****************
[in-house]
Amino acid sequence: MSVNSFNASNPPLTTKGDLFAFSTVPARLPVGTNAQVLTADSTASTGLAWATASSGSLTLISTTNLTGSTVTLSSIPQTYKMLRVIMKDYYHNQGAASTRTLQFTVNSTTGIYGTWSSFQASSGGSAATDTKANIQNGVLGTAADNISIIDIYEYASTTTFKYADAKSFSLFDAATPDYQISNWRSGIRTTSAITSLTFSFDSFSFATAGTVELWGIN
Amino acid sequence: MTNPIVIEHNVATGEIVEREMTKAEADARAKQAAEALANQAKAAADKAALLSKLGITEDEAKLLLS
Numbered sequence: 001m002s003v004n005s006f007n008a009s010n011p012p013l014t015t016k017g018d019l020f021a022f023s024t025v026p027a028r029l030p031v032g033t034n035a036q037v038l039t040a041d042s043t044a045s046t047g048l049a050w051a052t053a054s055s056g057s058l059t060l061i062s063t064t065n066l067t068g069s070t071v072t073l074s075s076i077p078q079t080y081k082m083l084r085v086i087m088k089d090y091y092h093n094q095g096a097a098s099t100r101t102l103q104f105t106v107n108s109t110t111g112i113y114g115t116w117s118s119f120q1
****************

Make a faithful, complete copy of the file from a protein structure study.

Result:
[in-house]
Amino acid sequence: MSVNSFNASNPPLTTKGDLFAFSTVPARLPVGTNAQVLTADSTASTGLAWATASSGSLTLISTTNLTGSTVTLSSIPQTYKMLRVIMKDYYHNQGAASTRTLQFTVNSTTGIYGTWSSFQASSGGSAATDTKANIQNGVLGTAADNISIIDIYEYASTTTFKYADAKSFSLFDAATPDYQISNWRSGIRTTSAITSLTFSFDSFSFATAGTVELWGIN
Amino acid sequence: MTNPIVIEHNVATGEIVEREMTKAEADARAKQAAEALANQAKAAADKAALLSKLGITEDEAKLLLS
Numbered sequence: 001m002s003v004n005s006f007n008a009s010n011p012p013l014t015t016k017g018d019l020f021a022f023s024t025v026p027a028r029l030p031v032g033t034n035a036q037v038l039t040a041d042s043t044a045s046t047g048l049a050w051a052t053a054s055s056g057s058l059t060l061i062s063t064t065n066l067t068g069s070t071v072t073l074s075s076i077p078q079t080y081k082m083l084r085v086i087m088k089d090y091y092h093n094q095g096a097a098s099t100r101t102l103q104f105t106v107n108s109t110t111g112i113y114g115t116w117s118s119f120q1